Brachypterus glaber (Newman, 1834)

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POLYPHAGA Emery, 1886

CUCUJOIDEA Latreille, 1802

KATERETIDAE Kirby, 1837

BRACHYPTERUS Kugelann, 1794

This is a generally common Palaearctic species distributed from the north of Scandinavia to the northern Mediterranean borders and from Portugal east to Finland and the Caspian Sea. Unlike the Holarctic B. urticae this species is absent from the Nearctic region and most of Asia. In the U.K. it is locally common throughout England and Wales and there are scattered records from Scotland. The lifestyle is much the same as that of B. urticae with both adults and larvae feeding on nettle flowers; the larvae develop within the flowers and seed pods and pupation occurs in the soil beneath the stems. Adults appear on nettles from early May, when they can be seen mating, and later disperse to feed on a range of flowers, more especially umbels, in a wide range of situations including parkland and urban gardens. They generally occur in smaller numbers than B. urticae and often together with that species as well as among numbers of other flower feeders e.g. Meligethes and Anaspis. Members of this genus soon become obvious in the field; the form of the head and the exposed abdomen are distinctive, and while the metallic lustre and pale appendages of B. urticae are generally obvious, they will generally need to be examined under the microscope to be sure.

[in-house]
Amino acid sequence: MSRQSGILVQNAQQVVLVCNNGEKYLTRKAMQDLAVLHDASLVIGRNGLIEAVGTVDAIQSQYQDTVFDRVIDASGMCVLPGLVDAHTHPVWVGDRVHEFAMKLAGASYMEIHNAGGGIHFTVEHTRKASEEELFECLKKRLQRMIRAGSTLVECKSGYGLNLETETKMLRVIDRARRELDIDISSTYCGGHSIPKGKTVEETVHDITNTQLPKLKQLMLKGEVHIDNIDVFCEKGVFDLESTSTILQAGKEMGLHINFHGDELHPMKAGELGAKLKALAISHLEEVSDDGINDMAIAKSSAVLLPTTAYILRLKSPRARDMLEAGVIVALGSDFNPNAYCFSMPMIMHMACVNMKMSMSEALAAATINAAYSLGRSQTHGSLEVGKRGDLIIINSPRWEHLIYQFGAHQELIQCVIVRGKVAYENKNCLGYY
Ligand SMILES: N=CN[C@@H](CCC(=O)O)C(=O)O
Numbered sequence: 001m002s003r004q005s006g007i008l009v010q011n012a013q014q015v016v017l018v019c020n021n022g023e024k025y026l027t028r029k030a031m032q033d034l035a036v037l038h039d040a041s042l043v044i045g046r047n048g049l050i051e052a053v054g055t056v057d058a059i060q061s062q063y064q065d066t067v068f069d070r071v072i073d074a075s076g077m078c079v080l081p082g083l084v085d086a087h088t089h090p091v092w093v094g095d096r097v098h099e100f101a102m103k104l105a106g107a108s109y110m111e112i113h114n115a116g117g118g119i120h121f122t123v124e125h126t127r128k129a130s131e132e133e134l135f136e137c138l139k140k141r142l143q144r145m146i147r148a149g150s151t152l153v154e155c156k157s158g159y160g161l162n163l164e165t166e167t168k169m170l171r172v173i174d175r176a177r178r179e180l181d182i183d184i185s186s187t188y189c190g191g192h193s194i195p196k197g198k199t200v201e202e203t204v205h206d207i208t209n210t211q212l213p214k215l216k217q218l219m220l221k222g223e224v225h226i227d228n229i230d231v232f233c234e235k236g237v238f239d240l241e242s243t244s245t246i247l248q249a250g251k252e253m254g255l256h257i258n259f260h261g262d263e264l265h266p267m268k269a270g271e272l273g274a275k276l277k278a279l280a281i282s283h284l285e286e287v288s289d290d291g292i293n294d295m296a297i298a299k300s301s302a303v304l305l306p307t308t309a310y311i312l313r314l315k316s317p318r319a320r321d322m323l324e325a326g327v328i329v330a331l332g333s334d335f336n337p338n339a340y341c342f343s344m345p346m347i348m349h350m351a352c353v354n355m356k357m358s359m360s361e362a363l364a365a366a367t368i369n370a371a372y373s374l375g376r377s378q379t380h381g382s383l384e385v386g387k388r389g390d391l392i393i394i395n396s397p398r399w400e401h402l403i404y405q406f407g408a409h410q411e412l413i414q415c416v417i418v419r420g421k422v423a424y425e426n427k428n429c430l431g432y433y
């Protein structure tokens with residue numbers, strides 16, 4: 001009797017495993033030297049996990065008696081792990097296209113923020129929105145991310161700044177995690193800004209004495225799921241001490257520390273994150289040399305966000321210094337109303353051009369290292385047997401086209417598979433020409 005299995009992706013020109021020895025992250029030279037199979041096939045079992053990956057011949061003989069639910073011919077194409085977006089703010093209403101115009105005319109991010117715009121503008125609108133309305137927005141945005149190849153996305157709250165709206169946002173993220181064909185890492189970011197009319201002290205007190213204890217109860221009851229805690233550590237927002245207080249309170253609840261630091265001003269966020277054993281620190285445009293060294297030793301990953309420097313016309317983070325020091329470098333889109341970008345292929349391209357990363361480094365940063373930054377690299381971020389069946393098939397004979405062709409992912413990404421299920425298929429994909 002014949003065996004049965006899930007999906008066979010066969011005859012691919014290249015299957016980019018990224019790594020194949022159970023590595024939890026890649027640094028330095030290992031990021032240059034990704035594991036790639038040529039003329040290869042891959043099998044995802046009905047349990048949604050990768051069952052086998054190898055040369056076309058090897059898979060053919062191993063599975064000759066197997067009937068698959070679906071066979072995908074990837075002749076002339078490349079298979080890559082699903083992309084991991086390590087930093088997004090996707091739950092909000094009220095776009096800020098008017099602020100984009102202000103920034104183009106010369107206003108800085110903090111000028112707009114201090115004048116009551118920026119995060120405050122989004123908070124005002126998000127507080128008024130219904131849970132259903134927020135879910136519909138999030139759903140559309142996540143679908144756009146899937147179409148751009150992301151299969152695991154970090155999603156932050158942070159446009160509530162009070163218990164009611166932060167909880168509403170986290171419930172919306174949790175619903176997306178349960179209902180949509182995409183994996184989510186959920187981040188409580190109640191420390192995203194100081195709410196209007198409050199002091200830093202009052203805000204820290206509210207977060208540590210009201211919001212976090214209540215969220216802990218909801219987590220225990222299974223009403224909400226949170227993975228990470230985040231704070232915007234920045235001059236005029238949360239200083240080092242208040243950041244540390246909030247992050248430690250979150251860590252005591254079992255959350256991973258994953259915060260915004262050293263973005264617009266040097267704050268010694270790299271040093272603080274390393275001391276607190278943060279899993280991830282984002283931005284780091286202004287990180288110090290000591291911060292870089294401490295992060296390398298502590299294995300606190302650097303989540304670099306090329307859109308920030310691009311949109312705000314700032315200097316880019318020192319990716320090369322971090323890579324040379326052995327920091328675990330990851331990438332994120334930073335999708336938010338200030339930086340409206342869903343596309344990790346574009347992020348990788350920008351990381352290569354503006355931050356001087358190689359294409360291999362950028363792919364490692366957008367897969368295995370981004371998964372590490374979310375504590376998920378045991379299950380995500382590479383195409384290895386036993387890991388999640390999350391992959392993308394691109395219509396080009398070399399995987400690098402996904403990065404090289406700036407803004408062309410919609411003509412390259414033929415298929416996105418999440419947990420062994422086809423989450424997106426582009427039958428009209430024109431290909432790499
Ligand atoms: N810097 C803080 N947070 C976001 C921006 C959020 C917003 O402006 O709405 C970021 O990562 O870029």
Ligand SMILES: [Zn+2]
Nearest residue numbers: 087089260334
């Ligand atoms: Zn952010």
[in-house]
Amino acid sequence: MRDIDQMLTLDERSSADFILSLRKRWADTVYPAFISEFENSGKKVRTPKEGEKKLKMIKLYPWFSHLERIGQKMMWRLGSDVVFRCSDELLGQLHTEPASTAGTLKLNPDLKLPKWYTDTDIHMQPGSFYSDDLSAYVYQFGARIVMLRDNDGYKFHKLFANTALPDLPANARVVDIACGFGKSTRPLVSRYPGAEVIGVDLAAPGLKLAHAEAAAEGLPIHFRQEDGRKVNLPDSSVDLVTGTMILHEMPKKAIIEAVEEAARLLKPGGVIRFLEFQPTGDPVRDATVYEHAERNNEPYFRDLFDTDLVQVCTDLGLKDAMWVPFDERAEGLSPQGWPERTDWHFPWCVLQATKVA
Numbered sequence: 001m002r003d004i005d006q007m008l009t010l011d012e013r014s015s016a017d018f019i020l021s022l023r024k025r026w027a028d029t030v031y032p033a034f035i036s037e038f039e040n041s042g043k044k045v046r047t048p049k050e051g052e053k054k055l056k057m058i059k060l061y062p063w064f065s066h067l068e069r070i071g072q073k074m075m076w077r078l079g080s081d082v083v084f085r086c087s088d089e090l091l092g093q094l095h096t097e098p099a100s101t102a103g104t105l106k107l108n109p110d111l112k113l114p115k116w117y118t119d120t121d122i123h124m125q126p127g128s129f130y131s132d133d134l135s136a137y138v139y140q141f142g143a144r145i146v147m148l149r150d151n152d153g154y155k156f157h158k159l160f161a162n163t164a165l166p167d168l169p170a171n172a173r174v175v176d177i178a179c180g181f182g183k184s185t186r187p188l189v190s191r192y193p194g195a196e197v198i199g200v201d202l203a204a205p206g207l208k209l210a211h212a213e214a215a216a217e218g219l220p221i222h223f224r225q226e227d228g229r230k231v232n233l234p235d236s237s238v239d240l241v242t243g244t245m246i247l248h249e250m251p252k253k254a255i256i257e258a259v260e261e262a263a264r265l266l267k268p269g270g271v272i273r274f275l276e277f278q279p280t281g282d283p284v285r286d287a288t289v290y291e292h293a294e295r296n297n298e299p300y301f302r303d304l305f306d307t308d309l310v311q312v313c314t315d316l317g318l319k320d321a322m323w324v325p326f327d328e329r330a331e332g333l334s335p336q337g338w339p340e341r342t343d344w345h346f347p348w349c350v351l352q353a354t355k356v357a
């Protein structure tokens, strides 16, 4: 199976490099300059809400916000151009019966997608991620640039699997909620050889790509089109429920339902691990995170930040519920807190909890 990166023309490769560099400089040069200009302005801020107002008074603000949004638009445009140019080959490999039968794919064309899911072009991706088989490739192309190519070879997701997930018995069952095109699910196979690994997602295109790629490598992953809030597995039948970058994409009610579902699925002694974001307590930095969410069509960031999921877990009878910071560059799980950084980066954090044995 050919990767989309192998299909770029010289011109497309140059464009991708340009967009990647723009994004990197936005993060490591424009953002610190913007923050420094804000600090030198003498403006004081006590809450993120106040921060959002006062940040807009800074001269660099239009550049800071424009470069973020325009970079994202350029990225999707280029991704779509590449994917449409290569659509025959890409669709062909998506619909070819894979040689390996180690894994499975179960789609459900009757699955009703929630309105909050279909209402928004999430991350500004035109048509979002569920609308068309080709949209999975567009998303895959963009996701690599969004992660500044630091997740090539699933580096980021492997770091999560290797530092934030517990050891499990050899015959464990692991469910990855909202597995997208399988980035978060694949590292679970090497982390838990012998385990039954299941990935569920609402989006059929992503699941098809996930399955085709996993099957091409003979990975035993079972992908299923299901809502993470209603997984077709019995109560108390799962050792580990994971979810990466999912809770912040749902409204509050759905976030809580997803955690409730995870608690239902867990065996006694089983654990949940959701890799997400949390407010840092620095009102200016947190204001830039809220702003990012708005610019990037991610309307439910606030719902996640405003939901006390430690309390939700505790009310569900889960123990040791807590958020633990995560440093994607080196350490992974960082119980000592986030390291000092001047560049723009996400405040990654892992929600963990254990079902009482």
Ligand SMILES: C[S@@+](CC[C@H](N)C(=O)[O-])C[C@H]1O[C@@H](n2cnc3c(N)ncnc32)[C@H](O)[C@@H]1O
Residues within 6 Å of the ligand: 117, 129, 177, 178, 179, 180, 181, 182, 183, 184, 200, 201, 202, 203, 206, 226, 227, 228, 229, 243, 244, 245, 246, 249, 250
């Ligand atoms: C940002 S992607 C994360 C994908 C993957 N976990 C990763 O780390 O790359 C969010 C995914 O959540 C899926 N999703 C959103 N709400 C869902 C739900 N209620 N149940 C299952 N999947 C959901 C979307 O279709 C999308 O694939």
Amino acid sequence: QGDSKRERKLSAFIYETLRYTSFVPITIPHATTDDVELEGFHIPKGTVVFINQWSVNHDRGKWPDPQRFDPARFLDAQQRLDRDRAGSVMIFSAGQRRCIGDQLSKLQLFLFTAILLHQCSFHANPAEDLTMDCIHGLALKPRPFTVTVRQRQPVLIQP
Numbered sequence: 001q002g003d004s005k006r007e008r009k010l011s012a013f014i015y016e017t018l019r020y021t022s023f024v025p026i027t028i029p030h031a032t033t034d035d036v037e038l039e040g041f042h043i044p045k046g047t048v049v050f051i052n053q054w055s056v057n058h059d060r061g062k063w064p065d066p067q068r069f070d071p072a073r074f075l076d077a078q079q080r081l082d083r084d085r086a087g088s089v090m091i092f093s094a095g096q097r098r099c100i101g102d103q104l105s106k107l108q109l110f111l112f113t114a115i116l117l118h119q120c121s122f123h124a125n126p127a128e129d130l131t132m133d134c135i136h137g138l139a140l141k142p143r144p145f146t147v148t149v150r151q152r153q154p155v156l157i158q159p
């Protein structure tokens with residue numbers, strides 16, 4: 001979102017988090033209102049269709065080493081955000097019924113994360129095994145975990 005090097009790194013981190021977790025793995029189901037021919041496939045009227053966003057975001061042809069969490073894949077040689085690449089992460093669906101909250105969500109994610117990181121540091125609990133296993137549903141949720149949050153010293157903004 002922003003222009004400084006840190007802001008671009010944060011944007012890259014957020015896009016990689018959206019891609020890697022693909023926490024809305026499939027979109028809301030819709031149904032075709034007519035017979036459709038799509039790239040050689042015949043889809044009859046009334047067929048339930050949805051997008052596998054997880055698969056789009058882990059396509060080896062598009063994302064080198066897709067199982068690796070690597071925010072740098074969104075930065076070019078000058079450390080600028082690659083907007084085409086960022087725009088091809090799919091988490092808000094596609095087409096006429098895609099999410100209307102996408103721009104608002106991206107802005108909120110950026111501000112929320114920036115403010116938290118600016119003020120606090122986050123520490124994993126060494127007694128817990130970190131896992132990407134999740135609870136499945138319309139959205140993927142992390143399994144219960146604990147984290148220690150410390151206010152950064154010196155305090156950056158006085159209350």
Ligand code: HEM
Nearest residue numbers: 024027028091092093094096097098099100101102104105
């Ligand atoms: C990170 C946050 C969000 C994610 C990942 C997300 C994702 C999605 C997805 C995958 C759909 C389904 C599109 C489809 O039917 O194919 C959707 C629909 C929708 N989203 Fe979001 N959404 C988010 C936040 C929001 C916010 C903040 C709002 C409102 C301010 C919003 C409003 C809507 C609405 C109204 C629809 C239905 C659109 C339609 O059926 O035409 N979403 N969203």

1.8-2.0mm. Upper surface shiny black without a metallic reflection; less strongly and more densely punctured and with longer pubescence than B. urticae. Appendages black although the front legs may be dark brown. The head is strongly rugose and dull, in contrast to the pronotum, the clypeus dull with sparse and fine pubescence anteriorly. Pronotum rounded and weakly sinuate before the curved hind angles, the hind margin almost straight. The lateral margins are strongly bordered, the basal margin only weakly so. Elytra quadrate with the surface sculpture and pubescence as the pronotum. First visible tergite produced backwards laterally. Basal segments on all tarsi strongly lobed and all claws with a strong tooth at the base.

Similar Species
Brachypterus urticae
  • Legs pale.
  • Punctures large and widely spaced.
  • Pronotum sinuate in basal half.
Meligethes spp.
  • Antennal club compact and abrupt.
  • Pygidium only exposed beyond elytra.

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